For some people, the idea of climbing a peak like Mt. Everest holds quite the allure. The overwhelming physical challenge, the potential triumph of victory, and the opportunity to connect intensely with nature, all present solid reasons that draw them to the flame. Climbing a mountain can be extremely dangerous, however. Each year, people die attempting to ascend summits. In fact, a total of 307 people have died trying to climb Everest since we started recording people doing it back in 1922. Why is climbing or walking to high heights so dangerous and deadly? Here is a look.
Low Oxygen and Climbing too Fast
According to a study published in 2018, the most common causes of death at high altitudes include many things. One that we most readily associate with climbing mountains is altitude sickness. Merriam-Webster defines this condition as “the effects (such as headache, nausea, or swelling of the brain) of oxygen deficiency in the blood and tissues developed at high altitudes having reduced atmospheric pressure.”
How does it develop? Basically, you can get altitude sickness if you climb to a higher elevation too quickly. If you do so, your body will not have enough time to adapt to the lower air pressure there. It also will not adapt adequately to the lower oxygen levels present at higher elevations. If you find yourself at about 16,000 feet (about 5,000 meters) above sea level, know that there is half as much oxygen in the air there as there is on an ocean beach and that your breathing will accelerate to compensate for this.
People who suffer from extreme altitude sickness can develop multiple complications. Cerebral edema happens when fluid leaks to your brain. This causes you to become disoriented, confused, and clumsy. For obvious reasons, this can make climbing up a mountain, or coming down safely, difficult to do. This condition can also cause seizures, and have you fall into a coma within twelve to 72 hours. Definitely deadly on a mountaintop.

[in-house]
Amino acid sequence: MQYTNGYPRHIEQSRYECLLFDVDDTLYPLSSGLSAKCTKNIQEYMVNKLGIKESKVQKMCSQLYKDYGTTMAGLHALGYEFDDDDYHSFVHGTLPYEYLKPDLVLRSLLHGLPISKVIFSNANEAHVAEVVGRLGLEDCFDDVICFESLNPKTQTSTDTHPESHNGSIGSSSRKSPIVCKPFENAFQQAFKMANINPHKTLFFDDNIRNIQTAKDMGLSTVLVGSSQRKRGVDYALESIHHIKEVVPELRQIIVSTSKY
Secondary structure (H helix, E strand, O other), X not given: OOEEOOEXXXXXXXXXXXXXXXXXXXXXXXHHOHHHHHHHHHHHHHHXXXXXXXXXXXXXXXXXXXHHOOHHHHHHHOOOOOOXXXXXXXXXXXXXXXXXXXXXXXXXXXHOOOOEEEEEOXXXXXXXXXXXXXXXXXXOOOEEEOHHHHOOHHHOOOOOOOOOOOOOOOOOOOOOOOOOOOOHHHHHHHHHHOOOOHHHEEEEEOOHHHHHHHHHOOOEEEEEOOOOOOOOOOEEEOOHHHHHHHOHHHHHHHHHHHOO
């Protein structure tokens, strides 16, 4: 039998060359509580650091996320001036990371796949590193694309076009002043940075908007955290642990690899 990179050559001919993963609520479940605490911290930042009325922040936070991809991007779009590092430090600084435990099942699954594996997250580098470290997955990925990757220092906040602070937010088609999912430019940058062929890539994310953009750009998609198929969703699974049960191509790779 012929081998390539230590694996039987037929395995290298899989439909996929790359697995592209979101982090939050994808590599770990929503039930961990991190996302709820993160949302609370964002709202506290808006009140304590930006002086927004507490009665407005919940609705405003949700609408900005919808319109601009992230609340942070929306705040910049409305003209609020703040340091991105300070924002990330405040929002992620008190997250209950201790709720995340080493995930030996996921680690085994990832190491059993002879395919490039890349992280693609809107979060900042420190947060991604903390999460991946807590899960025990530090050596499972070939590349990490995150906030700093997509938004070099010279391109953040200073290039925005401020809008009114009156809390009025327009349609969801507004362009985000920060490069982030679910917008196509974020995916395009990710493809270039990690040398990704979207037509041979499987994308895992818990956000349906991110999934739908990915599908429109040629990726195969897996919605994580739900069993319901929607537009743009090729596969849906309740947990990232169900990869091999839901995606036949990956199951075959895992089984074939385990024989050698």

How else is altitude sickness dangerous? Climbers can suffer from pulmonary edema, where fluid leaks into the lungs. This can cause hypoxemia, a condition that results in too little oxygen in your blood. This could eventually cause organ failure if it persists for too long. What about people who exist permanently at high heights? Experts say people can live just fine at moderately high altitudes. If you are not born at a higher elevation, spending time there comfortably just ... takes time. Your body needs to adjust gradually as you acclimatize.
It is said that if you ascend to places higher than 8,000 feet, (2438 m) too quickly, you will be putting yourself in danger. The top of Mt. Everest is over three times that height at 26,246 feet (8,000 m), and so it is easy to see how people can feel sick-and even die- climbing it.
Hypothermia, Blunt Force Trauma, and Avalanches
People can die at high altitudes from other common conditions and occurrences apart from altitude sickness. These include hypothermia, blunt force trauma, and being crushed by an avalanche. Hypothermia can happen when your body is exposed to cold temperatures for too long. If left untreated, it can cause your heart and respiratory system to fail, which naturally can result in death.
In addition, if a climber should fall on a steep mountain path and dive headfirst into a crevasse, there is a good chance he or she could be hurt. A deep bleeding gash can definitely present you with a challenge on a mountaintop. If a climber is a hit on the head or he or she suffers from a severely broken bone, this can prevent him or her from surviving the trek off the mountain. Finally, people die in avalanches by being buried in snow and suffocating. An avalanche can also throw you off a cliff and break your bones, which can be a death sentence up high.
Carbon monoxide intoxication, being struck by lightning, succumbing to hyponatremia, dying from drug and alcohol intoxication, and dying from a preexisting natural disease, are also listed as some of the most common reasons people die at high elevations.
When climbing a mountain, a person can become intoxicated with carbon monoxide when too much accumulates in his or her tent or snow cave. If your protective space is not properly ventilated, you may be warmer but breathing in air that has too much CO. This could be simply because of low oxygen levels in the air at high altitudes, or it could be due to emissions from equipment such as a cooking stove. Climbing to high altitudes needs to be done safely, and gradually. Always learn from experts before starting off on the path to the top.